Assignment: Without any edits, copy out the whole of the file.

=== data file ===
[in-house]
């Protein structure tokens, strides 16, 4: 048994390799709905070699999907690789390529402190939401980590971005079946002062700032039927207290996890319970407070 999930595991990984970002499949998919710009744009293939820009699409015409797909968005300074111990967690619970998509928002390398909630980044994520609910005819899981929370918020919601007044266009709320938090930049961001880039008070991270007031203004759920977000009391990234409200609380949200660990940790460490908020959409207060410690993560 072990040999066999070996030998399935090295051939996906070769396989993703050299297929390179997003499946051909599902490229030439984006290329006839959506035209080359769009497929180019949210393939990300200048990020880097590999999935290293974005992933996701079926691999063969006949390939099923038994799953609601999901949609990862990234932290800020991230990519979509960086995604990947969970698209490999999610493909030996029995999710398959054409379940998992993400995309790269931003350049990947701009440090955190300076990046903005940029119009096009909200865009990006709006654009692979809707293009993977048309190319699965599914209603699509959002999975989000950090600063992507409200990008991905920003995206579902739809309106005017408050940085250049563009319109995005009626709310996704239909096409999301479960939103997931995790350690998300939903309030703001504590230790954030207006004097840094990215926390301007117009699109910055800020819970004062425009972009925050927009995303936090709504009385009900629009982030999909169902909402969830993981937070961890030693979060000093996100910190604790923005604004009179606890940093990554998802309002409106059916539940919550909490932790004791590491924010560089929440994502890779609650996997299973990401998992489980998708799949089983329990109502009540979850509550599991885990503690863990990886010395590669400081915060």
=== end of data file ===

[in-house]
């Protein structure tokens, strides 16, 4: 048994390799709905070699999907690789390529402190939401980590971005079946002062700032039927207290996890319970407070 999930595991990984970002499949998919710009744009293939820009699409015409797909968005300074111990967690619970998509928002390398909630980044994520609910005819899981929370918020919601007044266009709320938090930049961001880039008070991270007031203004759920977000009391990234409200609380949200660990940790460490908020959409207060410690993560 072990040999066999070996030998399935090295051939996906070769396989993703050299297929390179997003499946051909599902490229030439984006290329006839959506035209080359769009497929180019949210393939990300200048990020880097590999999935290293974005992933996701079926691999063969006949390939099923038994799953609601999901949609990862990234932290800020991230990519979509960086995604990947969970698209490999999610493909030996029995999710398959054409379940998992993400995309790269931003350049990947701009440090955190300076990046903005940029119009096009909200865009990006709006654009692979809707293009993977048309190319699965599914209603699509959002999975989000950090600063992507409200990008991905920003995206579902739809309106005017408050940085250049563009319109995005009626709310996704239909096409999301479960939103997931995790350690998300939903309030703001504590230790954030207006004097840094990215926390301007117009699109910055800020819970004062425009972009925050927009995303936090709504009385009900629009982030999909169902909402969830993981937070961890030693979060000093996100910190604790923005604004009179606890940093990554998802309002409106059916539940919550909490932790004791590491924010560089929440994502890779609650996997299973990401998992489980998708799949089983329990109502009540979850509550599991885990503690863990990886010395590669400081915060």